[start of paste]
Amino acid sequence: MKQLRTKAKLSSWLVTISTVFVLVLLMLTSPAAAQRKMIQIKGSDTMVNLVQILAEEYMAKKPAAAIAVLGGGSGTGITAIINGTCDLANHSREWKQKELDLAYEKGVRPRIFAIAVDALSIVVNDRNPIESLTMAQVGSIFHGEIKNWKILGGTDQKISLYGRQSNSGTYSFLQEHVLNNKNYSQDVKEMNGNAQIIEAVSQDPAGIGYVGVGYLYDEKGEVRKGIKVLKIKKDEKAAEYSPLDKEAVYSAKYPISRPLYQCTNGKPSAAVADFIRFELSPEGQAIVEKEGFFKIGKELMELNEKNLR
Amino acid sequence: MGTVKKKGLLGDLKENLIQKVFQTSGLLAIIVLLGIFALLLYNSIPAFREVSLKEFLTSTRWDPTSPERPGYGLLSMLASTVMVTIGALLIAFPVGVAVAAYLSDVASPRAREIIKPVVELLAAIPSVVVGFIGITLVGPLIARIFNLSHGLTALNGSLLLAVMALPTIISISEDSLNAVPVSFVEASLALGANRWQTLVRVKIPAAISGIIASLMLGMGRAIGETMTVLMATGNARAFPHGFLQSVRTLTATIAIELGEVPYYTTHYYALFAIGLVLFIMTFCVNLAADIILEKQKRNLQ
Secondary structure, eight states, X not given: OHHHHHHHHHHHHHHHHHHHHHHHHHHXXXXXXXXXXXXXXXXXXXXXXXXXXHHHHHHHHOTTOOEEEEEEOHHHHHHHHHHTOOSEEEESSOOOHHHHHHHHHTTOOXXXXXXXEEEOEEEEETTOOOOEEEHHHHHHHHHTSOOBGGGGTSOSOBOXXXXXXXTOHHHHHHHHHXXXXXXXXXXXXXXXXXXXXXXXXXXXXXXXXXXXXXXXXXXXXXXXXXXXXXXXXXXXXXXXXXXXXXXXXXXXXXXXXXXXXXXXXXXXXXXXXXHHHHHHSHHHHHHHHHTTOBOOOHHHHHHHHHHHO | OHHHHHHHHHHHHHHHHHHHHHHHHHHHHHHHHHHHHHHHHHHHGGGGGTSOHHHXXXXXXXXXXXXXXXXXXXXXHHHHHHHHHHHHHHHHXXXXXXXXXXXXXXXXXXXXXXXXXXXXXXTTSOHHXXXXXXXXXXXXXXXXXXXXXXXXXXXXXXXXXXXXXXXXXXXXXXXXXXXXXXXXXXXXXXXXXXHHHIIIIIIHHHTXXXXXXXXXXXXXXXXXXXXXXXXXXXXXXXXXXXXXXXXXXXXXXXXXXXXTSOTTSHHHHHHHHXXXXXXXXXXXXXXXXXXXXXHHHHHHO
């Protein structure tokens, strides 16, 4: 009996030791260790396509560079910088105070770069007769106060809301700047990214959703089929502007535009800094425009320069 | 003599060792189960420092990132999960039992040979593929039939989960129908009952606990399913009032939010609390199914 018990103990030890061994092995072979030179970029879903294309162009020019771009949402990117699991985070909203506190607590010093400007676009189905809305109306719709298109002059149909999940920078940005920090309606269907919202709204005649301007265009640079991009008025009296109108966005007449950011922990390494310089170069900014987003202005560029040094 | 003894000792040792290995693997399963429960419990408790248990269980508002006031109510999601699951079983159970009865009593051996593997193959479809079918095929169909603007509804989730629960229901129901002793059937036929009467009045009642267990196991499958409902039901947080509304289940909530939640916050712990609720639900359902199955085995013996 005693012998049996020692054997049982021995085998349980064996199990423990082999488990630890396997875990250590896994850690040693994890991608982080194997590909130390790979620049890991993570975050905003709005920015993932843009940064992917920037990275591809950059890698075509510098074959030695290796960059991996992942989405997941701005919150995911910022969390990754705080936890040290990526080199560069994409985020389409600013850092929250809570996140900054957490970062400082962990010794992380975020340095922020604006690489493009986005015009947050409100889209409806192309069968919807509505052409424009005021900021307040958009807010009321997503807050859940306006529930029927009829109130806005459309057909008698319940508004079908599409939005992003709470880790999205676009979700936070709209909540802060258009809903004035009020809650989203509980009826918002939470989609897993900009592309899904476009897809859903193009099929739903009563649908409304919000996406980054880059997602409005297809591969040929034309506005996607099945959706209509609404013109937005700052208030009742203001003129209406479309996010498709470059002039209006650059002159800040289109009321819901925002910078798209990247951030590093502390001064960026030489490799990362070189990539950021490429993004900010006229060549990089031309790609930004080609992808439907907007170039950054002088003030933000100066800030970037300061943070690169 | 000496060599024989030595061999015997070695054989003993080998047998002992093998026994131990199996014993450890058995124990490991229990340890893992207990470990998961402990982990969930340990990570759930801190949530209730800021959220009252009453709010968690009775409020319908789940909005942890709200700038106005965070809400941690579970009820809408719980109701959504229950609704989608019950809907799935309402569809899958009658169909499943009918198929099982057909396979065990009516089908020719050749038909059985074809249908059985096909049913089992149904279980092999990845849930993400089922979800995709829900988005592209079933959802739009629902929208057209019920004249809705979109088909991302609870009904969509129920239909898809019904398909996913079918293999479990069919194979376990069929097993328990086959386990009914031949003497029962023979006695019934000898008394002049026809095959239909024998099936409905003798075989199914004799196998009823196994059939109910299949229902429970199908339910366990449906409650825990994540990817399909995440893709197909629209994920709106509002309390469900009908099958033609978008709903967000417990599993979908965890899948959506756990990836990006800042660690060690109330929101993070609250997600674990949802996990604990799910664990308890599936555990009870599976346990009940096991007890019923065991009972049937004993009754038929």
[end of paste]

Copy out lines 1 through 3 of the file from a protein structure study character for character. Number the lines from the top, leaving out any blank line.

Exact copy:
Amino acid sequence: MKQLRTKAKLSSWLVTISTVFVLVLLMLTSPAAAQRKMIQIKGSDTMVNLVQILAEEYMAKKPAAAIAVLGGGSGTGITAIINGTCDLANHSREWKQKELDLAYEKGVRPRIFAIAVDALSIVVNDRNPIESLTMAQVGSIFHGEIKNWKILGGTDQKISLYGRQSNSGTYSFLQEHVLNNKNYSQDVKEMNGNAQIIEAVSQDPAGIGYVGVGYLYDEKGEVRKGIKVLKIKKDEKAAEYSPLDKEAVYSAKYPISRPLYQCTNGKPSAAVADFIRFELSPEGQAIVEKEGFFKIGKELMELNEKNLR
Amino acid sequence: MGTVKKKGLLGDLKENLIQKVFQTSGLLAIIVLLGIFALLLYNSIPAFREVSLKEFLTSTRWDPTSPERPGYGLLSMLASTVMVTIGALLIAFPVGVAVAAYLSDVASPRAREIIKPVVELLAAIPSVVVGFIGITLVGPLIARIFNLSHGLTALNGSLLLAVMALPTIISISEDSLNAVPVSFVEASLALGANRWQTLVRVKIPAAISGIIASLMLGMGRAIGETMTVLMATGNARAFPHGFLQSVRTLTATIAIELGEVPYYTTHYYALFAIGLVLFIMTFCVNLAADIILEKQKRNLQ
Secondary structure, eight states, X not given: OHHHHHHHHHHHHHHHHHHHHHHHHHHXXXXXXXXXXXXXXXXXXXXXXXXXXHHHHHHHHOTTOOEEEEEEOHHHHHHHHHHTOOSEEEESSOOOHHHHHHHHHTTOOXXXXXXXEEEOEEEEETTOOOOEEEHHHHHHHHHTSOOBGGGGTSOSOBOXXXXXXXTOHHHHHHHHHXXXXXXXXXXXXXXXXXXXXXXXXXXXXXXXXXXXXXXXXXXXXXXXXXXXXXXXXXXXXXXXXXXXXXXXXXXXXXXXXXXXXXXXXXXXXXXXXXHHHHHHSHHHHHHHHHTTOBOOOHHHHHHHHHHHO | OHHHHHHHHHHHHHHHHHHHHHHHHHHHHHHHHHHHHHHHHHHHGGGGGTSOHHHXXXXXXXXXXXXXXXXXXXXXHHHHHHHHHHHHHHHHXXXXXXXXXXXXXXXXXXXXXXXXXXXXXXTTSOHHXXXXXXXXXXXXXXXXXXXXXXXXXXXXXXXXXXXXXXXXXXXXXXXXXXXXXXXXXXXXXXXXXXHHHIIIIIIHHHTXXXXXXXXXXXXXXXXXXXXXXXXXXXXXXXXXXXXXXXXXXXXXXXXXXXXTSOTTSHHHHHHHHXXXXXXXXXXXXXXXXXXXXXHHHHHHO